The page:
CLOSE-UP: PERSPECTIVE; Coke is wiping the floor with the rest in Euro 96 stakes
By STEFANO HATFIELD, campaignlive.co.uk, Friday, 14 June 1996 12:00AM
So how’s the advertising tournament so far? Unsurprisingly, there’s lots about football, relying on one of two systems: either they are full of sub-Nike grandiosity with fireworks going off above packed terraces, gritty black-and-white fan footage and lots of nifty interplay between support media (Coca-Cola), or they celebrate the incompetent, semi- tragic side of the game (after all, we are British), but in a lumbering, old-style, un-Loaded sort of way (McDonald’s).
So how’s the advertising tournament so far? Unsurprisingly, there’s lots
about football, relying on one of two systems: either they are full of
sub-Nike grandiosity with fireworks going off above packed terraces,
gritty black-and-white fan footage and lots of nifty interplay between
support media (Coca-Cola), or they celebrate the incompetent, semi-
tragic side of the game (after all, we are British), but in a lumbering,
old-style, un-Loaded sort of way (McDonald’s).
They’re fine in their own way. McDonald’s and Coca-Cola are at least
noticeable. Coke has a particularly fine poster out at the moment: ‘If
they could transfer fans, how much would you be worth?’ - and they say
Americans (it’s a Wieden and Kennedy, Amsterdam creation) don’t
Coke seems to own football at the moment, much more so than the likes of
Nike, Reebok or Adidas. While its marketing machine dominates the media,
it shared the honours with Snickers in and around Wembley for the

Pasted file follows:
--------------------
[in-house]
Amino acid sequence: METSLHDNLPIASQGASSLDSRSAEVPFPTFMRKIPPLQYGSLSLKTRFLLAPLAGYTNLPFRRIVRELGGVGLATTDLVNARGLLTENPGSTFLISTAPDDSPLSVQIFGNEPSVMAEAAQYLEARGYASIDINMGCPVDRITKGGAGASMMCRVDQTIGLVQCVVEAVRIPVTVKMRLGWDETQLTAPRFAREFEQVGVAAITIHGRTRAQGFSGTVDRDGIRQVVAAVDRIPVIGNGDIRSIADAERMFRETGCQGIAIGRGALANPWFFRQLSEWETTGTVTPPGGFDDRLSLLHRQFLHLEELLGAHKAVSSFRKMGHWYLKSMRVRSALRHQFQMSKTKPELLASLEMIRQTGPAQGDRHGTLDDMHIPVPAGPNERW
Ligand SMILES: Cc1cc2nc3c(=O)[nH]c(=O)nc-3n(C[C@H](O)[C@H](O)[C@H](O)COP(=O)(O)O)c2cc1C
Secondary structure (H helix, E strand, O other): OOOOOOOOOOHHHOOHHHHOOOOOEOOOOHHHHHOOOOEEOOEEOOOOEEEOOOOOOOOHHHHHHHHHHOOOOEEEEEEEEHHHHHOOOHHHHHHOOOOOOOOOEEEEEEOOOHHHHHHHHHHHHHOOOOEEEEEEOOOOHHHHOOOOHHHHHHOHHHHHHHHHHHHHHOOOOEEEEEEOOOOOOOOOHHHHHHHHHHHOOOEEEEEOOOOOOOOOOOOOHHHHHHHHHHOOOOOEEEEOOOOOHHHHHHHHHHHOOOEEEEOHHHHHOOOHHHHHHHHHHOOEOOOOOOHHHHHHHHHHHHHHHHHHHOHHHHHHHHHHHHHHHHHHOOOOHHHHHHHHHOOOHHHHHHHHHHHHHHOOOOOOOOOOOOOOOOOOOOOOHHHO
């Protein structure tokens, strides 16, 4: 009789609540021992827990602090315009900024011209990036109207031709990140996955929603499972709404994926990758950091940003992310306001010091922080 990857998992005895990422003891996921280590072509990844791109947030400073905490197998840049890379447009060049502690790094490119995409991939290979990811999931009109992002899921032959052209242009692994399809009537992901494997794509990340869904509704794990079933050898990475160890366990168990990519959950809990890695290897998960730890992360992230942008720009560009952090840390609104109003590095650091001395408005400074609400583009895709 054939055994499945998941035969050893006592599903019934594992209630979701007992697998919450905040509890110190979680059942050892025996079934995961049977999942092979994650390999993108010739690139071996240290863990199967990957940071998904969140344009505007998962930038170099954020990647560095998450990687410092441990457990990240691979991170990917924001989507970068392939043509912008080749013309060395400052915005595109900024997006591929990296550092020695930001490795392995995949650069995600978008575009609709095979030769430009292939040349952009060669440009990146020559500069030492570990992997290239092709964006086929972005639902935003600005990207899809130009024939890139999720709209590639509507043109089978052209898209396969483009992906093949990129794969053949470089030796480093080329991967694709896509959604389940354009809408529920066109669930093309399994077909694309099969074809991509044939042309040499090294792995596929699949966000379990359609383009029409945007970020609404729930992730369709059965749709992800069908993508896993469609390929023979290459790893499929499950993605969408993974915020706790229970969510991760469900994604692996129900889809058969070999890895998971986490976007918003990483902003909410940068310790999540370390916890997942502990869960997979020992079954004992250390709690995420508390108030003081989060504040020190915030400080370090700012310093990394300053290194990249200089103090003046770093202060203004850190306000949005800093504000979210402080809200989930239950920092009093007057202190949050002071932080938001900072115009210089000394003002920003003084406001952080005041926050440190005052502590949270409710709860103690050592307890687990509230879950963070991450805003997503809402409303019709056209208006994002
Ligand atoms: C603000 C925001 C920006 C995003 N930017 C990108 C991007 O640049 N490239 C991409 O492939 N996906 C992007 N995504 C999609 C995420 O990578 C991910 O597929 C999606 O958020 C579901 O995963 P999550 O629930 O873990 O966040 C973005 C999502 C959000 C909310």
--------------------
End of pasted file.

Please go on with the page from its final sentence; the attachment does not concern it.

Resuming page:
England-Switzerland opener, and, I suspect, the other grounds. Snickers
had ambient media everywhere and made the blindingly simple move of
passing free mini-bars to all and sundry, a gambit that was obviously
not open to Vauxhall.
At the risk of voicing yet another adland heresy, hasn’t Nike’s
performance been disappointing?
The tone of its work is horribly macho, and because two of its principal
stars, Cantona and Ginola, aren’t playing, the impact of their
contribution is greatly weakened. Some fans were even saying the Nike
ads were naff, particularly as Maldini, its fall-back poster star, is
not instantly recognisable. Nike? Naff?
Couldn’t the posters have been changed? I know it’s all planned many
months ahead, but perhaps they should have just done it.
And the other official sponsors? As our recent feature made clear,
having spent their pounds 2.5 million for the honour, they need to spend
the same again to let anyone know. Mastercard and McDonald’s deserve
honourable mentions, and Vauxhall has the TV sewn up, but must be
praying that ITV’s dire opening performances improve. However, what of
Canon, Carlsberg-Tetley, Fuji, JVC, Philips, Umbro?
It’s a relief to be able to pontificate for once, knowing I’m bang in
the target market. Fifteen million pounds spent by the above big six,
and so far I’ve not even been worried. Perhaps it’s down to consistency.
Apart from Coke, there’s one other advertiser you can’t fail to notice
at the moment. The industry may not like Renault’s Nicole, but the
public do. They will have noticed that Papa is not in the latest
commercial. The new Clio has moved on. As the England team has already
discovered, everyone has to.
This article was first published on campaignlive.co.uk
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